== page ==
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Spring Forward and Improve Sleep For Joint Health

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Posted: Mar 11, 2022 | by admin | 0 Comment

daylight savingsWhen Daylight Savings ends next week, we will once again lose an hour. The change marks the coming of Spring and warmer weather, and more opportunities for outdoor exercise. For those who live with arthritis or other joint pain, it may seem like we lose an hour of this discomfort. It won’t necessarily feel that way, however.

Time change can affect a person’s health, namely in the way it affects a person’s sleep habits. Because many patients with joint pain see a connection between their stiffness and aches and their sleep habits, it’s important to make sure you adjust well to the initial days of “springing forward.” 

We tend to feel the lost hour most during rest. A few ways one can help keep a good night’s sleep include:

Adjusting bedtime – Try arranging your schedule until you feel refreshed enough to adjust to your regular sleep cycles. Go to bed about 20 minutes earlier than usual, or wake up earlier than usual to get used to the time change.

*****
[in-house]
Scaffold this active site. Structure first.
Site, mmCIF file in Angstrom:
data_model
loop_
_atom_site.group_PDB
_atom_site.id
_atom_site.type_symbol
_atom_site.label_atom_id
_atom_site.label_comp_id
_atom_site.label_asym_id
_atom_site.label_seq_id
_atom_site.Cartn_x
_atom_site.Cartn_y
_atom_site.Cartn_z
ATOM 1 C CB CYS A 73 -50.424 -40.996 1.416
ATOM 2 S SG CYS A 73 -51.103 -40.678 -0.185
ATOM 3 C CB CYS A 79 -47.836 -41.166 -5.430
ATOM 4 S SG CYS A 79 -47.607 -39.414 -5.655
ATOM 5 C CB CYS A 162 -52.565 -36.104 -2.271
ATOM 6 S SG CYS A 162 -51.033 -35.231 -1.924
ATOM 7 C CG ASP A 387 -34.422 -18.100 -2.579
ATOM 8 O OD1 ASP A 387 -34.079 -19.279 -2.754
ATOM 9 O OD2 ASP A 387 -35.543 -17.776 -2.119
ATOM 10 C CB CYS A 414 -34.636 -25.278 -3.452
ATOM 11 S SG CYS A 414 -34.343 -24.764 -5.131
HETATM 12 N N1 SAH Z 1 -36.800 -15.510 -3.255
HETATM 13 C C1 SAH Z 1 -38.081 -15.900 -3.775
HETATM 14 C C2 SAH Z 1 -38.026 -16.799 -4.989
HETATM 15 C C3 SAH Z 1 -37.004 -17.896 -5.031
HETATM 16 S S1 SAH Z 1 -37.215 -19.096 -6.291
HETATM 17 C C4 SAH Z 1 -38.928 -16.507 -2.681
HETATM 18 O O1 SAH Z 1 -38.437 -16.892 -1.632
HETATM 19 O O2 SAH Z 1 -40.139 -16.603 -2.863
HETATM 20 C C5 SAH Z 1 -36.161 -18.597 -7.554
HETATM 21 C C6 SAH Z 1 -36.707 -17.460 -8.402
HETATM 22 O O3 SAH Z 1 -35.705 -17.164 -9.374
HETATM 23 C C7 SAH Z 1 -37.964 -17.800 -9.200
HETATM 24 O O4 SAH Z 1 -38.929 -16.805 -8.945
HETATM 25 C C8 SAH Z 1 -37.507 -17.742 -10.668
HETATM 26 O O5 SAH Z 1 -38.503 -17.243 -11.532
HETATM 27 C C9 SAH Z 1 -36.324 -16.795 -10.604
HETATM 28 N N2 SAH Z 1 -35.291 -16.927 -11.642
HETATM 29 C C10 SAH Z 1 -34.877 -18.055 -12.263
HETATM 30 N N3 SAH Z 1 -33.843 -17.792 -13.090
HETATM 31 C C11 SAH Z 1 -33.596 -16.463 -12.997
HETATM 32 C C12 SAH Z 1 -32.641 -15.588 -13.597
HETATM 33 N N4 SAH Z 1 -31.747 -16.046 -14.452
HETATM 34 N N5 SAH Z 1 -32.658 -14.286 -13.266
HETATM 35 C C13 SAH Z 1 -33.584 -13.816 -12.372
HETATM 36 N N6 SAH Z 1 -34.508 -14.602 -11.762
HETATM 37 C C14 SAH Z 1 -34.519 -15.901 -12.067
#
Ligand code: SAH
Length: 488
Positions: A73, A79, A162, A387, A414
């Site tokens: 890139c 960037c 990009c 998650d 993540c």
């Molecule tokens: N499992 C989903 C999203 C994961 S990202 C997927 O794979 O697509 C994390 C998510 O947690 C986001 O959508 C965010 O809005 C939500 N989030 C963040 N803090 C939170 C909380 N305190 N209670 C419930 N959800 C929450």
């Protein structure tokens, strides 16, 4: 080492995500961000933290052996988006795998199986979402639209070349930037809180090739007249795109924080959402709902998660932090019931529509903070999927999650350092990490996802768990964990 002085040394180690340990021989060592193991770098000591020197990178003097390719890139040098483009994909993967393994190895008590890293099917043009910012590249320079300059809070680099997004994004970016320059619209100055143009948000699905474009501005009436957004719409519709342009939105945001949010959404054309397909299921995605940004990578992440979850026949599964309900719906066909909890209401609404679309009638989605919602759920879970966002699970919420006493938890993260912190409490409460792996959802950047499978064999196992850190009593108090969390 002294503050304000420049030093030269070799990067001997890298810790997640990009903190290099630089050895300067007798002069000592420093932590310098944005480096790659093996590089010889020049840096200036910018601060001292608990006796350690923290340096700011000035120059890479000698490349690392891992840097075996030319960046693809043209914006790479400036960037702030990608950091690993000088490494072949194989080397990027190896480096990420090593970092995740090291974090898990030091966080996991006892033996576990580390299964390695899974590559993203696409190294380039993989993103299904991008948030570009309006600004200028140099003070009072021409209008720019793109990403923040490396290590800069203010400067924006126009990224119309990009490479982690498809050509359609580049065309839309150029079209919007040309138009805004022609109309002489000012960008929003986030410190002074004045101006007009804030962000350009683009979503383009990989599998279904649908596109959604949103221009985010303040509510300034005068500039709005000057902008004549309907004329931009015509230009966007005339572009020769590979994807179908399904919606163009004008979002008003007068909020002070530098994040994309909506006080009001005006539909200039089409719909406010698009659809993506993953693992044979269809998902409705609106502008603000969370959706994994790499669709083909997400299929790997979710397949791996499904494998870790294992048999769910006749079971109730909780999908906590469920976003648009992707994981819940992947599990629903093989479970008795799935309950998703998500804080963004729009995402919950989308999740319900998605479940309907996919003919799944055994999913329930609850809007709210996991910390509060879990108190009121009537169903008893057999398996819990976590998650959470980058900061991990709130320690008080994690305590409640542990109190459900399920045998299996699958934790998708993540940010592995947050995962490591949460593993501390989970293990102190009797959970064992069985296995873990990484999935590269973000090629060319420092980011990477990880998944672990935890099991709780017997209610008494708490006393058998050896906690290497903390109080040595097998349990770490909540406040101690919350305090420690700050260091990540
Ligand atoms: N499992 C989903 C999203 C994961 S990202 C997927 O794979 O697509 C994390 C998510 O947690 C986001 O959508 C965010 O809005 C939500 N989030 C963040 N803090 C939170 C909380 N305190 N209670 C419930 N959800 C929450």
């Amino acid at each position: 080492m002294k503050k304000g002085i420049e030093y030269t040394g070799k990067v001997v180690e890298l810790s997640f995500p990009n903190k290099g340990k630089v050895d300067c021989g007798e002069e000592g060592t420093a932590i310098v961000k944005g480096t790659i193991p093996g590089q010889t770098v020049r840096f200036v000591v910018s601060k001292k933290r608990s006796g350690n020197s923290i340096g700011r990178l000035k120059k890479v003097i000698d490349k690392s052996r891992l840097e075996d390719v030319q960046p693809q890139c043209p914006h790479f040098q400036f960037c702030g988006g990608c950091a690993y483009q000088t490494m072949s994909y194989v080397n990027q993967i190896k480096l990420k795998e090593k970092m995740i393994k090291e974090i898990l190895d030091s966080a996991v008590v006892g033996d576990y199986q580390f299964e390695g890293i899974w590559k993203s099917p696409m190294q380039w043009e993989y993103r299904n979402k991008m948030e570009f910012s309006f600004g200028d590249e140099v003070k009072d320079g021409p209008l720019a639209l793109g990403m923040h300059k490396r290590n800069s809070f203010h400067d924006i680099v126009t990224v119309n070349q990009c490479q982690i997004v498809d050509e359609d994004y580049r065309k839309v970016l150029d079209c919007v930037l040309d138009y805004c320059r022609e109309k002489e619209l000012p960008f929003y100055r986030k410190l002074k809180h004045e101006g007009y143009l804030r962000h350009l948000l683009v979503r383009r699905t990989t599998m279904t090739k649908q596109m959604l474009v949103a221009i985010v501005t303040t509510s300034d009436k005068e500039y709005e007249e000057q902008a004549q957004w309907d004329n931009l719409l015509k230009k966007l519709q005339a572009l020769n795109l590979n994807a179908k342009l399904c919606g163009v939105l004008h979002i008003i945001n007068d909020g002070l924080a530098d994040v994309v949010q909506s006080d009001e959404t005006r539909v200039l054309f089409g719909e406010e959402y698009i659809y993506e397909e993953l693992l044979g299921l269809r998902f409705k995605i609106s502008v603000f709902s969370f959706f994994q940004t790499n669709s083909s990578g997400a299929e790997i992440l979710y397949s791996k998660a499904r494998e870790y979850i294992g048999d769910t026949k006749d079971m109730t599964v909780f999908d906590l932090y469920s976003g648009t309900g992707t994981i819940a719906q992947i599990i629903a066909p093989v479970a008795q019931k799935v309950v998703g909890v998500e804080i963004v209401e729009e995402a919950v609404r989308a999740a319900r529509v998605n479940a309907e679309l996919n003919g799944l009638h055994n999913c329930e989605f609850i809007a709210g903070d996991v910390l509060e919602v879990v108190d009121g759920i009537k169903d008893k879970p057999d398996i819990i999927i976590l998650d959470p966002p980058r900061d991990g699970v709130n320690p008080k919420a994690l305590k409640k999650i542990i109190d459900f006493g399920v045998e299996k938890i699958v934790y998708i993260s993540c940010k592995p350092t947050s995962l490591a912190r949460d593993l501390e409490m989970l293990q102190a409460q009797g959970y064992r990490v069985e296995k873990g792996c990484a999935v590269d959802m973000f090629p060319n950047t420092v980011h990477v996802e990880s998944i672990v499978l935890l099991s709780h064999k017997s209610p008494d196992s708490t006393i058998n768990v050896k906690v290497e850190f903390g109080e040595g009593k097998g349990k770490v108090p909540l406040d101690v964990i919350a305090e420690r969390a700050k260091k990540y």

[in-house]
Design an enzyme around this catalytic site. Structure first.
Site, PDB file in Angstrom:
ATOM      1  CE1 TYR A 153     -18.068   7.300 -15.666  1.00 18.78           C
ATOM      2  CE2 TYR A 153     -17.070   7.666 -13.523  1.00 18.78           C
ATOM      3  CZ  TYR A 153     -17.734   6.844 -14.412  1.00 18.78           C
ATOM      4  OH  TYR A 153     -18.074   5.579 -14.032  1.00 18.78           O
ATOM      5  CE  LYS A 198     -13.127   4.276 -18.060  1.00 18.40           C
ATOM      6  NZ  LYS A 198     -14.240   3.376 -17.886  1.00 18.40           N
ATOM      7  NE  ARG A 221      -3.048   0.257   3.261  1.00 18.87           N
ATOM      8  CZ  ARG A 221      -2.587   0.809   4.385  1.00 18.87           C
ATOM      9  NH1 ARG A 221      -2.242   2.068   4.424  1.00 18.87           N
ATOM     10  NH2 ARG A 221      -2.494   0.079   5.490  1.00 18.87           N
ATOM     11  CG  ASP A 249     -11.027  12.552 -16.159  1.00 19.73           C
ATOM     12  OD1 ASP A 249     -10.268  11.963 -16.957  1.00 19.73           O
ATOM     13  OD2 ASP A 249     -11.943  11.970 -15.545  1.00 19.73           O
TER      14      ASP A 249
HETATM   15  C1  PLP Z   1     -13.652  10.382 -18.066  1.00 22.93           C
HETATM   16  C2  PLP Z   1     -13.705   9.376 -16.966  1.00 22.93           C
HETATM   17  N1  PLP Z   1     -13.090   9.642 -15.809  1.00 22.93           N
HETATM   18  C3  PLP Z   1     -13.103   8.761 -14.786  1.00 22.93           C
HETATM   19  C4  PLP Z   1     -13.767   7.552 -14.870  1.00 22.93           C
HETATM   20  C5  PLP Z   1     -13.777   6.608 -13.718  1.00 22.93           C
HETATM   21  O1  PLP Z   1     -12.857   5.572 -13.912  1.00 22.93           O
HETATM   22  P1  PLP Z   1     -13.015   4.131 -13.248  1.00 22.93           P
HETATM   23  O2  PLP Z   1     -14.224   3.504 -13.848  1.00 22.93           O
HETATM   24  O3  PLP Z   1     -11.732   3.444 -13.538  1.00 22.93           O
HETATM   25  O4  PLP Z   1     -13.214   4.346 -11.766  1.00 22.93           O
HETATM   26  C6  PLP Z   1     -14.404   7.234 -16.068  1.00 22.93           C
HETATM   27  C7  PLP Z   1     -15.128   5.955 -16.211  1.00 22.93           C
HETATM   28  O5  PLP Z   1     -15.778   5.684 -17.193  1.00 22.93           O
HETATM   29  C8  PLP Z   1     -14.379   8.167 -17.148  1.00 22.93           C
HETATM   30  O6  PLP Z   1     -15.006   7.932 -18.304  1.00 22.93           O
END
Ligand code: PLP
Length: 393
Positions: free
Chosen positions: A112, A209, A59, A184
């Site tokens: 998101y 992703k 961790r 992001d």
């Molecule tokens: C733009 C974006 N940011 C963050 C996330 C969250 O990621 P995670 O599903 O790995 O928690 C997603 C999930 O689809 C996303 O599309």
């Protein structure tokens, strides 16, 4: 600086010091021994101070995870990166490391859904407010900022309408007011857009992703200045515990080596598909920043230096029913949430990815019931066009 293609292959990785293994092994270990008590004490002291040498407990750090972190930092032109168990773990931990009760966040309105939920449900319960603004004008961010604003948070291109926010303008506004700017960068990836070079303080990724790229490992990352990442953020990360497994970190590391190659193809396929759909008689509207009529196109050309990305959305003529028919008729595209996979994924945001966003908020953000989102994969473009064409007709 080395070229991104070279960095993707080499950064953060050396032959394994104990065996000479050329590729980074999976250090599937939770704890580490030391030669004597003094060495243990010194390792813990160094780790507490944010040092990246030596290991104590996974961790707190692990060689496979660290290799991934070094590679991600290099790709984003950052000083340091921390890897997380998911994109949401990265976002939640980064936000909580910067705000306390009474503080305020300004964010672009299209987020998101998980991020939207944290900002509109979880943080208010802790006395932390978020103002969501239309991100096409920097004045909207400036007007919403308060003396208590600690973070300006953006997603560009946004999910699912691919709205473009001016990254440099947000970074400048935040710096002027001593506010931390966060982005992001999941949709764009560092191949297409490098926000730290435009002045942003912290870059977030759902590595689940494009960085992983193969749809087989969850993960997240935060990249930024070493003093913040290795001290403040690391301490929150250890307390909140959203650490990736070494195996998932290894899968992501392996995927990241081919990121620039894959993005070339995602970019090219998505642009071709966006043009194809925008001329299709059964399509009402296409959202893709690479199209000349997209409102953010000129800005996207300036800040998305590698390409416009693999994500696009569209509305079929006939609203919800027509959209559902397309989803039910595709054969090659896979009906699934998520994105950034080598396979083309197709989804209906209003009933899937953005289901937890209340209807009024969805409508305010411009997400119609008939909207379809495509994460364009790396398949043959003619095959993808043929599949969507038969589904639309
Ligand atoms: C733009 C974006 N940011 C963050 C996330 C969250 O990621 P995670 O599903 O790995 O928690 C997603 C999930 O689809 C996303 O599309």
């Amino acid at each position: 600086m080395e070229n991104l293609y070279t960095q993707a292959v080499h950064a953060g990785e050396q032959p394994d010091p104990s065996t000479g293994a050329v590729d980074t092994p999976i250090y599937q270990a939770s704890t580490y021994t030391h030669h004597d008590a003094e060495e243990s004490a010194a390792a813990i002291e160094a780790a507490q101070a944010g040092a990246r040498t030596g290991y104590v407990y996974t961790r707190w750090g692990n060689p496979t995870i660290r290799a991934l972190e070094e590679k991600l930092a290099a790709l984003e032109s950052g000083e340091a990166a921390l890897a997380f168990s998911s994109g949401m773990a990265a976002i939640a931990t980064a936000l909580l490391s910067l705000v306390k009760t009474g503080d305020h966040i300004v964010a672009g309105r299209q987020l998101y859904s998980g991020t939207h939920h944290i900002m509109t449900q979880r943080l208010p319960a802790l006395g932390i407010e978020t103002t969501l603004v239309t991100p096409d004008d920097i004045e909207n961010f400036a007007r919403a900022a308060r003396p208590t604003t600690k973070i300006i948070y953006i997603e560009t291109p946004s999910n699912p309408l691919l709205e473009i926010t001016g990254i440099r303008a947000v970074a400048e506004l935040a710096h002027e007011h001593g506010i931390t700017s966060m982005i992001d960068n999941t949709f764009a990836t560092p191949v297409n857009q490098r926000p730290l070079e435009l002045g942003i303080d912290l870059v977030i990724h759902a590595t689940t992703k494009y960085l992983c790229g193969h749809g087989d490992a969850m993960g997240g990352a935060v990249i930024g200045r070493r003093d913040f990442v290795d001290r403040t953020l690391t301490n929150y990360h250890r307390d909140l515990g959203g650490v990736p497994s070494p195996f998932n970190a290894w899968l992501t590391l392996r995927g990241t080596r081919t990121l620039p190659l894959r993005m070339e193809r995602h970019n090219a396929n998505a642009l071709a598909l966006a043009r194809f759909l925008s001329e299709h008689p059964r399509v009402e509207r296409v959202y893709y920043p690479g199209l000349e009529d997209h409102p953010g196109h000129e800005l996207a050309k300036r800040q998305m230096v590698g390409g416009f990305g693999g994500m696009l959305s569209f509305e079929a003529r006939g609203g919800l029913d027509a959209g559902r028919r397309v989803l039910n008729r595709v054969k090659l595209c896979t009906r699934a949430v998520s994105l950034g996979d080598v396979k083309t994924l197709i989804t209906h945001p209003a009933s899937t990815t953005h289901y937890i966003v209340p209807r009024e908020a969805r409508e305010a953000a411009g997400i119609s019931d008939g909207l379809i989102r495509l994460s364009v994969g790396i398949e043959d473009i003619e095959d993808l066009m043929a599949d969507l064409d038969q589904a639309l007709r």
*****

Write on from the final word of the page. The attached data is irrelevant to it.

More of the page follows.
Avoid screens – An hour or so before bedtime, try to shut off digital screens. Read a print book, work a crossword puzzle, or listen to music as a means of relaxation before bed. The glare of a screen may make it difficult to drift into sleep.

Limit liquids – Refrain from alcohol and caffeine before bedtime. Listen to your body as well and watch nighttime liquid consumption. If late-night trips to the bathroom are frequent, you might have issues going back to sleep.

Nap if you can – When your body calls for rest, answer if possible. The occasional nap, no more than 20 minutes, may help you adjust to the time change.

If sleep isn’t a factor in your chronic joint pain, consult with your orthopaedic physician for a plan of action. 

+ Contact Bon Secours Virginia Orthopaedic and Spine Specialists

 

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